Chargeoffs Returning to Normal Levels
After several years of historic lows, credit card chargeoff rates are starting to return to normal levels, according to Fitch Ratings latest quarterly Movers & Shakers index. Credit card chargeoffs occur when a bank has written off a debt as uncollectable because the customer has not made the minimum payment for 180 days. Chargeoff rates rose to 2.82%, ending the first half of 2016 about 6.5% higher than year-ago levels. Since delinquencies remain at record lows, though, chargeoffs are unlikely to rise significantly in the near future. In fact, the numbers indicate that most consumers are making their monthly payments on their credit cards. Story by Bill Hardekopf for LowCards.com.

New Mexico Lawmakers Challenge Gas Pump Lottery Purchases
New Mexico lawmakers are questioning a state lottery pilot program that allows people to purchase tickets at the gas pump using a debit card. Some lawmakers from both parties think the program violates a law requiring customers to pay for the tickets with cash or a check. They have also raised concerns that drivers younger than 18 could buy the tickets. The test program began at 13 gas stations on July 25. The system is now installed at about 100 fuel pumps. Story on KRWG.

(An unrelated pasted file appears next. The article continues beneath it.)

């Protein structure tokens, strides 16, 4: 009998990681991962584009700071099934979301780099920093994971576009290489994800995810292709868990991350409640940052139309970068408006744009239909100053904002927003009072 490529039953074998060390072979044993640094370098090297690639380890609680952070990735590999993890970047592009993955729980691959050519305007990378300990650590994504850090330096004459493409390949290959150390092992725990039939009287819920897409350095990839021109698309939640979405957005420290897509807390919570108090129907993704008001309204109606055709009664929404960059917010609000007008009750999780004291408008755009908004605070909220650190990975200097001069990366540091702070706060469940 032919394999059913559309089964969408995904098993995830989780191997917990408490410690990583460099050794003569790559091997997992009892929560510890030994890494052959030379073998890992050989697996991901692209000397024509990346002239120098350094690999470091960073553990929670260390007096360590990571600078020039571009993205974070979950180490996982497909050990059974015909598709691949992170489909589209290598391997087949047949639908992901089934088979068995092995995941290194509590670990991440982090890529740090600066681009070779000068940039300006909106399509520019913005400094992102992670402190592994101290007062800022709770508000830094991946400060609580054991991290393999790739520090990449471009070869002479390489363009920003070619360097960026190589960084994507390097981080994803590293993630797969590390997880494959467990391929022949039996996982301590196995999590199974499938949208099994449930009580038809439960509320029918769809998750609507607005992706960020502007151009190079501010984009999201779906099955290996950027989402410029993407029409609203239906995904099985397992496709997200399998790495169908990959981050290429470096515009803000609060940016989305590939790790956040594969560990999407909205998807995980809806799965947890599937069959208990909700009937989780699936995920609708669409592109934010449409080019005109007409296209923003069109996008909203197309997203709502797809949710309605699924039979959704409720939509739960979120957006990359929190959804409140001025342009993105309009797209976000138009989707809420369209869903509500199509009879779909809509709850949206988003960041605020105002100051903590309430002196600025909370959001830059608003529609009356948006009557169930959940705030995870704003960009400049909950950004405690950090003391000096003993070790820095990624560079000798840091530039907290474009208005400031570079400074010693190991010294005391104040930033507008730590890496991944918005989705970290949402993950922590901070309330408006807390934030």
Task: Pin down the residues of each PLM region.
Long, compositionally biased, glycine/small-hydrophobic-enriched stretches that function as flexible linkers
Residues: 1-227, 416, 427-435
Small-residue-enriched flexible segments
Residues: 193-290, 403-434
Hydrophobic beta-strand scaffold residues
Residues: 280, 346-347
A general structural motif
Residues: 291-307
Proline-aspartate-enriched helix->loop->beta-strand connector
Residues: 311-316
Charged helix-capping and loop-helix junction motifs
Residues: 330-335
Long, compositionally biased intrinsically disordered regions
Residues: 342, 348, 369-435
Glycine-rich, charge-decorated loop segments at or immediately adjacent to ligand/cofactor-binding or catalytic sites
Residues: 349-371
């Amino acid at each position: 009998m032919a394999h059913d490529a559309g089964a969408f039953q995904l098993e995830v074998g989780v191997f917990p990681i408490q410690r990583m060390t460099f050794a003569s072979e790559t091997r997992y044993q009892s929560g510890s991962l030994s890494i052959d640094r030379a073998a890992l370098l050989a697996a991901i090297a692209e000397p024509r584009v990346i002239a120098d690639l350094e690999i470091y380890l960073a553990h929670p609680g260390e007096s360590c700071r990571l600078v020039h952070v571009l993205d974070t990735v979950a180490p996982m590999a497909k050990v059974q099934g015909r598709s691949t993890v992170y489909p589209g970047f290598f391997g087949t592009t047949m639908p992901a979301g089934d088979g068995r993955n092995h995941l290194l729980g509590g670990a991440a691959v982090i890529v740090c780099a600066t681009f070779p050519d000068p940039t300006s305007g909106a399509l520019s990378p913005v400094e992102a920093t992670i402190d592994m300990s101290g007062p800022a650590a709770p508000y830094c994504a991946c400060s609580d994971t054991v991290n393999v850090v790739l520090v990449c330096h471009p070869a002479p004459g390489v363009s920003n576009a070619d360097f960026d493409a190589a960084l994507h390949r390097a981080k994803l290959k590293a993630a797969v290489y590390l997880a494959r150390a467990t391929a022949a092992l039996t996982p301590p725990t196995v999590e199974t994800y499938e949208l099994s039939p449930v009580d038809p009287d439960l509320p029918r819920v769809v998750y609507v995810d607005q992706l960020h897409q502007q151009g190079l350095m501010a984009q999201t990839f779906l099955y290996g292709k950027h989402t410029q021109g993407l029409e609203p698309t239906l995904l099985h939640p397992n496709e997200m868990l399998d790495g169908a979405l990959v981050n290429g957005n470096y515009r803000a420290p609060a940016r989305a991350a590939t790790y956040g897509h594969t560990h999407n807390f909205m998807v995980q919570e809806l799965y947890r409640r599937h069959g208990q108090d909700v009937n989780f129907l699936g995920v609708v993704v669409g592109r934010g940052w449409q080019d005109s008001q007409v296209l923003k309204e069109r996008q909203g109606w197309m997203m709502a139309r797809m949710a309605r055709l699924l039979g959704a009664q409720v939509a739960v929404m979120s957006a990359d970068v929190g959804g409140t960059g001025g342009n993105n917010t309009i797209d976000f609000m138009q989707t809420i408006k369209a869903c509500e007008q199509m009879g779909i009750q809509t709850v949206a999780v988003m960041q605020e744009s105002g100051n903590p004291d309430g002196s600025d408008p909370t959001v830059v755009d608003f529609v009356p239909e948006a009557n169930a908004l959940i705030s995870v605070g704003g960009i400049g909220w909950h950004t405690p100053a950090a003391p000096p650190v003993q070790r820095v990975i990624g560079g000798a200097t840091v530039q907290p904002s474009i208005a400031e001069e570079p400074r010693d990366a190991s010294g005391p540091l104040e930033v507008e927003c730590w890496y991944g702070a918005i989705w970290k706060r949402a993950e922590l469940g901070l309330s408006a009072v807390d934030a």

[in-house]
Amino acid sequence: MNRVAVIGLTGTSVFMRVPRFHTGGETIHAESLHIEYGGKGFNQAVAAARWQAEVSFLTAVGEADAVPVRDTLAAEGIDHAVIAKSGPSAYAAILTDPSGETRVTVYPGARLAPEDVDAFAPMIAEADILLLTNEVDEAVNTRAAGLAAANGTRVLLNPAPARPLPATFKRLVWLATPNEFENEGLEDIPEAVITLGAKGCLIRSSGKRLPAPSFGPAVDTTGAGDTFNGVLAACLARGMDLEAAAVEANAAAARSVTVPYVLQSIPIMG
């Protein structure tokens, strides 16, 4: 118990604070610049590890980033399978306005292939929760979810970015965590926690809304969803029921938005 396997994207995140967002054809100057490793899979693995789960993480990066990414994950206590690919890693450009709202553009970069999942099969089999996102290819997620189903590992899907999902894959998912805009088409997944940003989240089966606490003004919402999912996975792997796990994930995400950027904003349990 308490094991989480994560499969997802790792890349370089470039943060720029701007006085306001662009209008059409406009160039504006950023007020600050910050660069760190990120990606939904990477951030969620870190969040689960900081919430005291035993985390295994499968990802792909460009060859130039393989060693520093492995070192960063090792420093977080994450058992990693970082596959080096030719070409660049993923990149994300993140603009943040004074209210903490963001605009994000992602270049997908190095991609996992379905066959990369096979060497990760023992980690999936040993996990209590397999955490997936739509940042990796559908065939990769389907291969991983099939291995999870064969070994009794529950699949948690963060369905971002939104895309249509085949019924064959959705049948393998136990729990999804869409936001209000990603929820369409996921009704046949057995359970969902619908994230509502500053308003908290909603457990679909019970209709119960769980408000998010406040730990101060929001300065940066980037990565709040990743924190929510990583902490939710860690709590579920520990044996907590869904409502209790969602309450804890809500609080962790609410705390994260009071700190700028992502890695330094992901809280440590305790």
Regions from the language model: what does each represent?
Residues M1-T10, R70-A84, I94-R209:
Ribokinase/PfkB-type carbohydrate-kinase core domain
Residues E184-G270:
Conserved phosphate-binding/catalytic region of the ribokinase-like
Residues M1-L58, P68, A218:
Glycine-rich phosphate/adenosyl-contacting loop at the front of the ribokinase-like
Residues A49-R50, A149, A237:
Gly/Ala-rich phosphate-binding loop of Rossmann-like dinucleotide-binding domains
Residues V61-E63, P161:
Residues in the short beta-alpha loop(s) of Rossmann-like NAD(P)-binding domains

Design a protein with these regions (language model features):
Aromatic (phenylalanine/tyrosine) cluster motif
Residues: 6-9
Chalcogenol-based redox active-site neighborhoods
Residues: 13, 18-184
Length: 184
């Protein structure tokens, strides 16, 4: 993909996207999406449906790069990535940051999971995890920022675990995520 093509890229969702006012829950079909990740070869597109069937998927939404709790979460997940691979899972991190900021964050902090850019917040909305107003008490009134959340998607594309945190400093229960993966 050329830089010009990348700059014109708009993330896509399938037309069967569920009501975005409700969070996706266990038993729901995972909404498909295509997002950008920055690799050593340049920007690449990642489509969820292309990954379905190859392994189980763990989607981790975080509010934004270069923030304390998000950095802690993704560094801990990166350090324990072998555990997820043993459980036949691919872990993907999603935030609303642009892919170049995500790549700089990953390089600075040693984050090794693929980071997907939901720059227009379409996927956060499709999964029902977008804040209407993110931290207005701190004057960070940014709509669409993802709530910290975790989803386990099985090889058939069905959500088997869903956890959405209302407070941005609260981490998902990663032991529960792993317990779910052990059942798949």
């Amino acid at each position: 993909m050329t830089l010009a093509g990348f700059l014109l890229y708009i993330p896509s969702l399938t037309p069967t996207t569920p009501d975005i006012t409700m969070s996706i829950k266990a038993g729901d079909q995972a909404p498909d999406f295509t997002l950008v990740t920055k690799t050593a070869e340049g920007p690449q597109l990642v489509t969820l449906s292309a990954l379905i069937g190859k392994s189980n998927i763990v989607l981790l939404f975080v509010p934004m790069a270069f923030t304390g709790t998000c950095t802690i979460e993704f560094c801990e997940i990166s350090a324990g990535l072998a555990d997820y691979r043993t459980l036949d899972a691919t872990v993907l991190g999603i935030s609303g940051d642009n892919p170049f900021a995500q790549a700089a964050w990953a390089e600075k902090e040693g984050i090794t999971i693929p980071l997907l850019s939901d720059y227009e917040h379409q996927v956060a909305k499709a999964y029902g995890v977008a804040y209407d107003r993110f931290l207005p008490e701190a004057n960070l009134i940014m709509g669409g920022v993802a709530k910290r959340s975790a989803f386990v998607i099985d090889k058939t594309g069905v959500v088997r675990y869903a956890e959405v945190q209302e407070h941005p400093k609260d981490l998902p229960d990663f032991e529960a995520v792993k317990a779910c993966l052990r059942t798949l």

Barclays Introduces Voice Identification Technology
Barclays has announced the introduction of its voice security technology to all personal banking customers. The technology identifies the caller based on their voice. The identification method removes the need for security questions and passwords, according to the announcement. Barclays first tested the technology in 2013, but has not announced when it will be available for corporate and business customers. Story in Mobile Payments Today.

LowCards.com Weekly Credit Card Rate Report
Based on the 1,000+ cards in the LowCards.com Complete Credit Card Index, the average advertised APR for credit cards is 14.62 percent, identical to last week. Six months ago, the average was 14.85 percent. One year ago, the average was 14.68 percent.

The information contained within this article was accurate as of August 5, 2016. For up-to-date
information on any of the terms, cards or offers mentioned above, visit the issuer's website.


About Lynn Oldshue

Lynn Oldshue has written personal finance stories for LowCards.com for twelve years. She majored in public relations at Mississippi State University.
View all posts by Lynn Oldshue